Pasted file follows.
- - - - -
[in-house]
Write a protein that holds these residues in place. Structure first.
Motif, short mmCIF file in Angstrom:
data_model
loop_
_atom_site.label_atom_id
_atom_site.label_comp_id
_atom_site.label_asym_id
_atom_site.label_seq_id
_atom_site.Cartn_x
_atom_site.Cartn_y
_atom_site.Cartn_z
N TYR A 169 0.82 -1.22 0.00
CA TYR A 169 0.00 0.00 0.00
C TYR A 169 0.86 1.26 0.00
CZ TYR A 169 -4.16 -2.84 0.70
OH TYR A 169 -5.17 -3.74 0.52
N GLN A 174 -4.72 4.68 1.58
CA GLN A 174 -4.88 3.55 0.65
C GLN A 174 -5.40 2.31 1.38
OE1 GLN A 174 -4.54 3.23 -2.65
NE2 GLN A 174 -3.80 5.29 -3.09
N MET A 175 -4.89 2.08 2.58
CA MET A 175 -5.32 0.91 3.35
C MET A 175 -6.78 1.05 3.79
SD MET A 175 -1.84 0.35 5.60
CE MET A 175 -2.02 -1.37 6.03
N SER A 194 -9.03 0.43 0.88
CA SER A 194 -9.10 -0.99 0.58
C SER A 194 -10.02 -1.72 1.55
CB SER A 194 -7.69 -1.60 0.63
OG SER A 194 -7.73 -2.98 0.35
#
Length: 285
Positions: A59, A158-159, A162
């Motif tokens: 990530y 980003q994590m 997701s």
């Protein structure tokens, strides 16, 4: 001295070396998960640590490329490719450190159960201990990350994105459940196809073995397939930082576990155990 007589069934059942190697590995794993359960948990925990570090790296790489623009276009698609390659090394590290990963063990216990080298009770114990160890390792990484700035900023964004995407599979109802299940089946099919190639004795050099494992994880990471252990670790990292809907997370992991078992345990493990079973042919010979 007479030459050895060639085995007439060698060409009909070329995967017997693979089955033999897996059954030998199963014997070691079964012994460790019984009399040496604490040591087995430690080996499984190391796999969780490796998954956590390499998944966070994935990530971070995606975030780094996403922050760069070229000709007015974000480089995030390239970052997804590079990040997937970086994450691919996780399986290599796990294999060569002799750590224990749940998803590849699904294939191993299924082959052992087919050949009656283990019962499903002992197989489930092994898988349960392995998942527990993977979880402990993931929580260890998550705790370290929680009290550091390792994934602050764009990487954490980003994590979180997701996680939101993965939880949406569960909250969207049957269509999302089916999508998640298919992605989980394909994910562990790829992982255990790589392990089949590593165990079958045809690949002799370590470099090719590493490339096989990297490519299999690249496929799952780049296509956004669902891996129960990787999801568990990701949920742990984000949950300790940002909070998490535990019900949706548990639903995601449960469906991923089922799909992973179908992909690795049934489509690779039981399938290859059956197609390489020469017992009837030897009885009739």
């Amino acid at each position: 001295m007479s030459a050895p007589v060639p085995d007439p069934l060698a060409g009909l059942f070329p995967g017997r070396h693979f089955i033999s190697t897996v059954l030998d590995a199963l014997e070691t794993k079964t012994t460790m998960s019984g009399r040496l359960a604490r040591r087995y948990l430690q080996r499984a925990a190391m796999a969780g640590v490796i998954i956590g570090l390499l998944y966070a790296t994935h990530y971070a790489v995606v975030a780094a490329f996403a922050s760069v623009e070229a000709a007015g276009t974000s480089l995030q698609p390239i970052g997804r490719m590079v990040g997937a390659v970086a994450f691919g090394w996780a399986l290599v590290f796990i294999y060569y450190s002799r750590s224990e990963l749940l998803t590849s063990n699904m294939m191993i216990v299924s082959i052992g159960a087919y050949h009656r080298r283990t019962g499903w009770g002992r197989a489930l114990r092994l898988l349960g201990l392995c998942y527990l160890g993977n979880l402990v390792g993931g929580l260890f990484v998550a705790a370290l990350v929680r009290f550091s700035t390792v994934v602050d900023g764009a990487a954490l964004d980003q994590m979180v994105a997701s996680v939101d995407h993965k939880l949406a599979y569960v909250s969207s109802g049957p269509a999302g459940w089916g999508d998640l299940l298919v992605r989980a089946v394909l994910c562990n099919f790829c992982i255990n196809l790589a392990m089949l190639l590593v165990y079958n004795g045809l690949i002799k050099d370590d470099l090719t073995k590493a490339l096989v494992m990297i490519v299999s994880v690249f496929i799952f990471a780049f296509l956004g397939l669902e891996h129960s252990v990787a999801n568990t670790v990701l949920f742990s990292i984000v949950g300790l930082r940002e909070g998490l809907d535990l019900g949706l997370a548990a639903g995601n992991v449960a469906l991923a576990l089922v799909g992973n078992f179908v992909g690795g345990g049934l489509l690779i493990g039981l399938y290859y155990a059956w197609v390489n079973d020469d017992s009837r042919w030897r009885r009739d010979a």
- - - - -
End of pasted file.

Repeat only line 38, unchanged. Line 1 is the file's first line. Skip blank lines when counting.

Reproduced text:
């Amino acid at each position: 001295m007479s030459a050895p007589v060639p085995d007439p069934l060698a060409g009909l059942f070329p995967g017997r070396h693979f089955i033999s190697t897996v059954l030998d590995a199963l014997e070691t794993k079964t012994t460790m998960s019984g009399r040496l359960a604490r040591r087995y948990l430690q080996r499984a925990a190391m796999a969780g640590v490796i998954i956590g570090l390499l998944y966070a790296t994935h990530y971070a790489v995606v975030a780094a490329f996403a922050s760069v623009e070229a000709a007015g276009t974000s480089l995030q698609p390239i970052g997804r490719m590079v990040g997937a390659v970086a994450f691919g090394w996780a399986l290599v590290f796990i294999y060569y450190s002799r750590s224990e990963l749940l998803t590849s063990n699904m294939m191993i216990v299924s082959i052992g159960a087919y050949h009656r080298r283990t019962g499903w009770g002992r197989a489930l114990r092994l898988l349960g201990l392995c998942y527990l160890g993977n979880l402990v390792g993931g929580l260890f990484v998550a705790a370290l990350v929680r009290f550091s700035t390792v994934v602050d900023g764009a990487a954490l964004d980003q994590m979180v994105a997701s996680v939101d995407h993965k939880l949406a599979y569960v909250s969207s109802g049957p269509a999302g459940w089916g999508d998640l299940l298919v992605r989980a089946v394909l994910c562990n099919f790829c992982i255990n196809l790589a392990m089949l190639l590593v165990y079958n004795g045809l690949i002799k050099d370590d470099l090719t073995k590493a490339l096989v494992m990297i490519v299999s994880v690249f496929i799952f990471a780049f296509l956004g397939l669902e891996h129960s252990v990787a999801n568990t670790v990701l949920f742990s990292i984000v949950g300790l930082r940002e909070g998490l809907d535990l019900g949706l997370a548990a639903g995601n992991v449960a469906l991923a576990l089922v799909g992973n078992f179908v992909g690795g345990g049934l489509l690779i493990g039981l399938y290859y155990a059956w197609v390489n079973d020469d017992s009837r042919w030897r009885r009739d010979a």